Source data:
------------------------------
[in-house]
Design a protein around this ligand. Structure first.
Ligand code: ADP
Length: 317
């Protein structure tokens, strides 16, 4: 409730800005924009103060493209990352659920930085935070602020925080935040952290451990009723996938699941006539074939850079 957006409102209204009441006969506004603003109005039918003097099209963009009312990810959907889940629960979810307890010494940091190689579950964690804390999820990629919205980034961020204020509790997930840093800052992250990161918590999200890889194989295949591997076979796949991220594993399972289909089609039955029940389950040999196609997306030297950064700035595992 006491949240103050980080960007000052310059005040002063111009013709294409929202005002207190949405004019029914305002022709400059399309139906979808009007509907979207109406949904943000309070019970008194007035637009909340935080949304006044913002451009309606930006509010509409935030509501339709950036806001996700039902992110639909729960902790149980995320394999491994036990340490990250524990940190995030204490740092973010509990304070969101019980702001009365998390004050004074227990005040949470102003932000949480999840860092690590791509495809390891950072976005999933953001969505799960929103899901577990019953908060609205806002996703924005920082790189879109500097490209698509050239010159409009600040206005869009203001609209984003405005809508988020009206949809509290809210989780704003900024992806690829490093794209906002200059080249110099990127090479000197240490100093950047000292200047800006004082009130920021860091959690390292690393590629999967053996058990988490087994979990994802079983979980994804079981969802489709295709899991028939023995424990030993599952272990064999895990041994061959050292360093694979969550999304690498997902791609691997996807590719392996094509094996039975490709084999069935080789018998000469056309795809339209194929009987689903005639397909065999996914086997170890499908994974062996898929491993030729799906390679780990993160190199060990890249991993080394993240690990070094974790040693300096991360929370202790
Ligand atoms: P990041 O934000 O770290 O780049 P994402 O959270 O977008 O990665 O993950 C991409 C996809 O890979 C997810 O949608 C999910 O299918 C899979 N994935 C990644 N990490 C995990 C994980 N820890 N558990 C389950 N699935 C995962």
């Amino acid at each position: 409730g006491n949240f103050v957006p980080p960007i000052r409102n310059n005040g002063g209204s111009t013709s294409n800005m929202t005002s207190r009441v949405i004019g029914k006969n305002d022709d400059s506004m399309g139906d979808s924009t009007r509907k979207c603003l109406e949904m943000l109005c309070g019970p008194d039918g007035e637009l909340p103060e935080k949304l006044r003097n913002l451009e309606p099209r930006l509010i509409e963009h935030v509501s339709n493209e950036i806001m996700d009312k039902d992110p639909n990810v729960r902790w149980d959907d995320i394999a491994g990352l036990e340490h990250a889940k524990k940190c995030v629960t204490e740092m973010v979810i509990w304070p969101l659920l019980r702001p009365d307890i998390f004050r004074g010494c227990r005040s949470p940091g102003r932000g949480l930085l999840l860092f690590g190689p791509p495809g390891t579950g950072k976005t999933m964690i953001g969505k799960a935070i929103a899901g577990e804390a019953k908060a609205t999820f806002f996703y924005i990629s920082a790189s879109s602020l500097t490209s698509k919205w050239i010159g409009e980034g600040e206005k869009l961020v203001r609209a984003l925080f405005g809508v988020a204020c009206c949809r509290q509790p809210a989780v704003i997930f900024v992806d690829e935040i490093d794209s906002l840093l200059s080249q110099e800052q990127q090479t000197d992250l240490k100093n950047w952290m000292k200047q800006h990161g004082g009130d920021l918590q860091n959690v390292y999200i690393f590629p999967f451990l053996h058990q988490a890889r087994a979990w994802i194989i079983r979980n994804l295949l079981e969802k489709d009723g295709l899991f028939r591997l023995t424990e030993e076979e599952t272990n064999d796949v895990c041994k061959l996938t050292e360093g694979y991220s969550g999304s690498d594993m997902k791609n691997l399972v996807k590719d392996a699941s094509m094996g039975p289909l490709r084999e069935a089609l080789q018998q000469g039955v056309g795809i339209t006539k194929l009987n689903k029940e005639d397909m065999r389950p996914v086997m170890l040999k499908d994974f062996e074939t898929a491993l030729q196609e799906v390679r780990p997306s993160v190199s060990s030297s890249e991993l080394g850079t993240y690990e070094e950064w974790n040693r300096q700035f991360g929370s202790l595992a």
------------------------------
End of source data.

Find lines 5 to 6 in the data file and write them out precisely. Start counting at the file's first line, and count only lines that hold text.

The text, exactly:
């Protein structure tokens, strides 16, 4: 409730800005924009103060493209990352659920930085935070602020925080935040952290451990009723996938699941006539074939850079 957006409102209204009441006969506004603003109005039918003097099209963009009312990810959907889940629960979810307890010494940091190689579950964690804390999820990629919205980034961020204020509790997930840093800052992250990161918590999200890889194989295949591997076979796949991220594993399972289909089609039955029940389950040999196609997306030297950064700035595992 006491949240103050980080960007000052310059005040002063111009013709294409929202005002207190949405004019029914305002022709400059399309139906979808009007509907979207109406949904943000309070019970008194007035637009909340935080949304006044913002451009309606930006509010509409935030509501339709950036806001996700039902992110639909729960902790149980995320394999491994036990340490990250524990940190995030204490740092973010509990304070969101019980702001009365998390004050004074227990005040949470102003932000949480999840860092690590791509495809390891950072976005999933953001969505799960929103899901577990019953908060609205806002996703924005920082790189879109500097490209698509050239010159409009600040206005869009203001609209984003405005809508988020009206949809509290809210989780704003900024992806690829490093794209906002200059080249110099990127090479000197240490100093950047000292200047800006004082009130920021860091959690390292690393590629999967053996058990988490087994979990994802079983979980994804079981969802489709295709899991028939023995424990030993599952272990064999895990041994061959050292360093694979969550999304690498997902791609691997996807590719392996094509094996039975490709084999069935080789018998000469056309795809339209194929009987689903005639397909065999996914086997170890499908994974062996898929491993030729799906390679780990993160190199060990890249991993080394993240690990070094974790040693300096991360929370202790
Ligand atoms: P990041 O934000 O770290 O780049 P994402 O959270 O977008 O990665 O993950 C991409 C996809 O890979 C997810 O949608 C999910 O299918 C899979 N994935 C990644 N990490 C995990 C994980 N820890 N558990 C389950 N699935 C995962």